2. Café de Flore (Paris 6e)

Café de Flore is one of the oldest and most famous cafes in Paris. It has also had its fair share of famous clientele over the years. Since it opened in 1880, it’s been a hub for artists and intellectuals to meet up, work and be inspired. Jean Paul Sartre and Simone de Beauvoir were regulars here and now it is a famous spot of Ina Garten, who says it is the quintessential Parisian café experience.

To piggyback on her statement, my idea of the perfect meal in Paris would be an omelet and a glass of champagne at Flore. Located on a corner in the 6th district of Paris, it is the perfect place for people like me, who like…well…people watching.

As an added bonus, Flore has always been known as the place to see and be seen in Paris. I highly recommend reading Adam Gopnik’s essay called “A tale of two cafés” if you want to know more about Flore and its rival café. Last time I was there, I ordered a café au lait (or “café crème” as they call it nowadays) and it came with the coffee and milk in small separate jugs, which elevates just “having a coffee” to its own experience.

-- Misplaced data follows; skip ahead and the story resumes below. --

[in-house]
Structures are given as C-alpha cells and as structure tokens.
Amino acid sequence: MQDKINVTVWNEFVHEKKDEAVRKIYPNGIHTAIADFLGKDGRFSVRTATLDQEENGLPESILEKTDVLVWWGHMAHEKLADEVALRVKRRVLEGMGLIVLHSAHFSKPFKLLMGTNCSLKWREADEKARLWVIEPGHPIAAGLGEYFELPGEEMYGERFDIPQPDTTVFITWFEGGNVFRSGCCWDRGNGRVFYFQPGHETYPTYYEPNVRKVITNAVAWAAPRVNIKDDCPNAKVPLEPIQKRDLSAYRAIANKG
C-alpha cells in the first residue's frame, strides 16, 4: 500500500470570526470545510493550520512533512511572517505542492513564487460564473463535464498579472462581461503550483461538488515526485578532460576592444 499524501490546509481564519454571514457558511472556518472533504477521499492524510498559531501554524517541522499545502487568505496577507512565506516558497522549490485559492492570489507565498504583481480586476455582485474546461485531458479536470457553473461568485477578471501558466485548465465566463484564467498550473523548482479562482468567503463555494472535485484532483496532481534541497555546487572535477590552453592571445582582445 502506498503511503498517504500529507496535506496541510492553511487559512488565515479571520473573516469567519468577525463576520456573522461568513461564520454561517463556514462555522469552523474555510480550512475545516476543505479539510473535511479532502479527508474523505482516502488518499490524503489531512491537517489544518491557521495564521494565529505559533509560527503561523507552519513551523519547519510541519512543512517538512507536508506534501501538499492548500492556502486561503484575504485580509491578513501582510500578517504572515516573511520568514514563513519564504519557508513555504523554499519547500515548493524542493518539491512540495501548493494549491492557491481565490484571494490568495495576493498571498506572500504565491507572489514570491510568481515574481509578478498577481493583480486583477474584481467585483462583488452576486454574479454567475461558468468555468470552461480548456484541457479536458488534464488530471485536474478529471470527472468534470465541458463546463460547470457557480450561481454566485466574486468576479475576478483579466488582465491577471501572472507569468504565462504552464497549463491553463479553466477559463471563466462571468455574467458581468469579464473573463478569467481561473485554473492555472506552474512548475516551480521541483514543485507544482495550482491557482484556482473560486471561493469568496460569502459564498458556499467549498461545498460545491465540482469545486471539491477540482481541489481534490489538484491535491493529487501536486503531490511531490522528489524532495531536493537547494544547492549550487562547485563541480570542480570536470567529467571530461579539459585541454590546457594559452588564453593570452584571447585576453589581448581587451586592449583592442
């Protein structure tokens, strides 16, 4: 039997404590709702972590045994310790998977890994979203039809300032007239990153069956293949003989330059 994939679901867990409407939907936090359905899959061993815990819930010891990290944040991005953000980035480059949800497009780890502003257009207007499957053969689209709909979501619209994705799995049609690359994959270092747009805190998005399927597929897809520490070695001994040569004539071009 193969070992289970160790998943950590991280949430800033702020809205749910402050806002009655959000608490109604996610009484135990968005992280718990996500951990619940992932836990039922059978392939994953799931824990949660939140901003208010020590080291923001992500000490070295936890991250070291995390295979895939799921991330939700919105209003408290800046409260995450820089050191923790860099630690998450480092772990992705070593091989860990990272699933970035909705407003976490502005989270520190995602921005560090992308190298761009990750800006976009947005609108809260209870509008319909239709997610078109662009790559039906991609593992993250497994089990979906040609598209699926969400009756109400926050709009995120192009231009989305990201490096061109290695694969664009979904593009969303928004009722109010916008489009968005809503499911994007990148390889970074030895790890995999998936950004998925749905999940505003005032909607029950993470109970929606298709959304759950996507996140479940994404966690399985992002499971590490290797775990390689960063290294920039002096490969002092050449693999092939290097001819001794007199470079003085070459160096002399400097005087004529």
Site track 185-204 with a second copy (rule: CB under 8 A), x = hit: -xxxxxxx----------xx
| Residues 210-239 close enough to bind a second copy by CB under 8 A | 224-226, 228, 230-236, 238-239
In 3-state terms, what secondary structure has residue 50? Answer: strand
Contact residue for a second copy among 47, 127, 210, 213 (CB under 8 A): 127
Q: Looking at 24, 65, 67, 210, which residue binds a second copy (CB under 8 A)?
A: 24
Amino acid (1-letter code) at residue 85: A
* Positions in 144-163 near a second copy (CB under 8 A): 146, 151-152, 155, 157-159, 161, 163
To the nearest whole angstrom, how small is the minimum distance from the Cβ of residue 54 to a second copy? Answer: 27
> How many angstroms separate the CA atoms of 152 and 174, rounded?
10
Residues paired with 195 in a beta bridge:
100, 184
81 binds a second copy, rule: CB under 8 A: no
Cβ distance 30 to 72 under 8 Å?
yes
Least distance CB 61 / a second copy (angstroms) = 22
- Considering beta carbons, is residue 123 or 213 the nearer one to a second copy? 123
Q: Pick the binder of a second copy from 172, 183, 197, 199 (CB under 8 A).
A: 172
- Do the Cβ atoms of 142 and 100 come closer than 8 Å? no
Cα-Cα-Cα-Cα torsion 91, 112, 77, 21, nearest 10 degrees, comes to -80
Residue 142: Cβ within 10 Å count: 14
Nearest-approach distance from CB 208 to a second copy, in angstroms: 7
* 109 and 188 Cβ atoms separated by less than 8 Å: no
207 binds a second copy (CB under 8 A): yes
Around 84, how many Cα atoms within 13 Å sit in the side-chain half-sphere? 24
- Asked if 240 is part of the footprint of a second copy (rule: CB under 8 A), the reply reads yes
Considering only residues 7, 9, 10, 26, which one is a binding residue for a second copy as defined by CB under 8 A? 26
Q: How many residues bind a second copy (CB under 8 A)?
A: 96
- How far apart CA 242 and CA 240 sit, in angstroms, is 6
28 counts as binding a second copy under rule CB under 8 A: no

a cup of coffee

Flore. (Photo by Desislava Diyanova Grozeva)

3. Ladurée (Paris 8e)

If you choose only one place to go to from this list, it should be this one. Ladurée is a French luxury bakery and sweets maker house created in 1862. It is widely known for its delicious and colorful double-decker macarons with a variety of fillings and textures. For me, Ladurée is like a symphony on the tip of my tongue.

The prices can be quite hefty, reaching €4.50 for a single macaron, however if you visit the original Ladurée, you will not only get the best macarons you have ever tasted, but you will also enjoy a truly royal experience by sipping your coffee in the most beautiful and elegant porcelain china while surrounded by grand golden mirrors and overall Louis 14 vibes.

And because Paris will always be Paris, if you by any chance forget to buy a present for your loved ones and you are already at the airport, worry not! There is a Ladurée gift shop opened until 10pm (yes, you heard me right) where you can create a custom gift by handpicking different macarons, jams, teas and pastries wrapped in beautiful and luxurious gift boxes. Ladurée is an experience like no other.

Inside restaurant in Paris

Laduree, Paris. (Photo by Desislava Diyanova Grozeva)

4. Bouillon Chartier (Paris 9e)